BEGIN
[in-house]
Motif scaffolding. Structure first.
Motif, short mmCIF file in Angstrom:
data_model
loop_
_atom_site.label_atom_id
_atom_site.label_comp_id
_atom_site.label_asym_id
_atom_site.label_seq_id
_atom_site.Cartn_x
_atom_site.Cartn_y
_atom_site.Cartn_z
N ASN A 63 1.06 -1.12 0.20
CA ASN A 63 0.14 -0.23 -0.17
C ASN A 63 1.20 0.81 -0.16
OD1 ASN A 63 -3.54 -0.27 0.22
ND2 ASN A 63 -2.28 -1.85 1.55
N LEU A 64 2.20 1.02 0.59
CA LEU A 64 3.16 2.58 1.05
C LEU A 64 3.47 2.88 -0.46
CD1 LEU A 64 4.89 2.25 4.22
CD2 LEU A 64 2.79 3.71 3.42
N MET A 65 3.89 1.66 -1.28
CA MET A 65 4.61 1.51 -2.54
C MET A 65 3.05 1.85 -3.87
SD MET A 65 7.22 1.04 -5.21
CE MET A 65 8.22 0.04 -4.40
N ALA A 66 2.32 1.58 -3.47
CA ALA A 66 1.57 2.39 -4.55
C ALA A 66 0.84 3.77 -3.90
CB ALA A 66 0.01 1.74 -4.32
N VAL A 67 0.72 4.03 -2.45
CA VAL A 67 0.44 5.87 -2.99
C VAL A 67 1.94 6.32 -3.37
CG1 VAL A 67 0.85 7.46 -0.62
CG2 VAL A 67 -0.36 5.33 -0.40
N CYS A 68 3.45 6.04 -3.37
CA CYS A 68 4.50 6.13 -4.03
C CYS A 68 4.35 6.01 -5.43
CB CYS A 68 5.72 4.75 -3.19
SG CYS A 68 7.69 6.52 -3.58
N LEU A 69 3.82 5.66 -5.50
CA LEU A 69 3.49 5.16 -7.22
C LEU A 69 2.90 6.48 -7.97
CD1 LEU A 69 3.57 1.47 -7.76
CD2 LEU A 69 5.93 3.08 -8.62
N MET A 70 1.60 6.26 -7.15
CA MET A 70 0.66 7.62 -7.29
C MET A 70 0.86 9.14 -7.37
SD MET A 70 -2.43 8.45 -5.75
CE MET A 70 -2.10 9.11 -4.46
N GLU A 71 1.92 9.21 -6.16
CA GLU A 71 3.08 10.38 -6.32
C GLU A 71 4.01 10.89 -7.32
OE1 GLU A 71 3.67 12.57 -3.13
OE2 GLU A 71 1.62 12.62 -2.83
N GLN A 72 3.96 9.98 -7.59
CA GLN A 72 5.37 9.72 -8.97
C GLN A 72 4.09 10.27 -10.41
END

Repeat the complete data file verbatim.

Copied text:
[in-house]
Motif scaffolding. Structure first.
Motif, short mmCIF file in Angstrom:
data_model
loop_
_atom_site.label_atom_id
_atom_site.label_comp_id
_atom_site.label_asym_id
_atom_site.label_seq_id
_atom_site.Cartn_x
_atom_site.Cartn_y
_atom_site.Cartn_z
N ASN A 63 1.06 -1.12 0.20
CA ASN A 63 0.14 -0.23 -0.17
C ASN A 63 1.20 0.81 -0.16
OD1 ASN A 63 -3.54 -0.27 0.22
ND2 ASN A 63 -2.28 -1.85 1.55
N LEU A 64 2.20 1.02 0.59
CA LEU A 64 3.16 2.58 1.05
C LEU A 64 3.47 2.88 -0.46
CD1 LEU A 64 4.89 2.25 4.22
CD2 LEU A 64 2.79 3.71 3.42
N MET A 65 3.89 1.66 -1.28
CA MET A 65 4.61 1.51 -2.54
C MET A 65 3.05 1.85 -3.87
SD MET A 65 7.22 1.04 -5.21
CE MET A 65 8.22 0.04 -4.40
N ALA A 66 2.32 1.58 -3.47
CA ALA A 66 1.57 2.39 -4.55
C ALA A 66 0.84 3.77 -3.90
CB ALA A 66 0.01 1.74 -4.32
N VAL A 67 0.72 4.03 -2.45
CA VAL A 67 0.44 5.87 -2.99
C VAL A 67 1.94 6.32 -3.37
CG1 VAL A 67 0.85 7.46 -0.62
CG2 VAL A 67 -0.36 5.33 -0.40
N CYS A 68 3.45 6.04 -3.37
CA CYS A 68 4.50 6.13 -4.03
C CYS A 68 4.35 6.01 -5.43
CB CYS A 68 5.72 4.75 -3.19
SG CYS A 68 7.69 6.52 -3.58
N LEU A 69 3.82 5.66 -5.50
CA LEU A 69 3.49 5.16 -7.22
C LEU A 69 2.90 6.48 -7.97
CD1 LEU A 69 3.57 1.47 -7.76
CD2 LEU A 69 5.93 3.08 -8.62
N MET A 70 1.60 6.26 -7.15
CA MET A 70 0.66 7.62 -7.29
C MET A 70 0.86 9.14 -7.37
SD MET A 70 -2.43 8.45 -5.75
CE MET A 70 -2.10 9.11 -4.46
N GLU A 71 1.92 9.21 -6.16
CA GLU A 71 3.08 10.38 -6.32
C GLU A 71 4.01 10.89 -7.32
OE1 GLU A 71 3.67 12.57 -3.13
OE2 GLU A 71 1.62 12.62 -2.83
N GLN A 72 3.96 9.98 -7.59
CA GLN A 72 5.37 9.72 -8.97
C GLN A 72 4.09 10.27 -10.41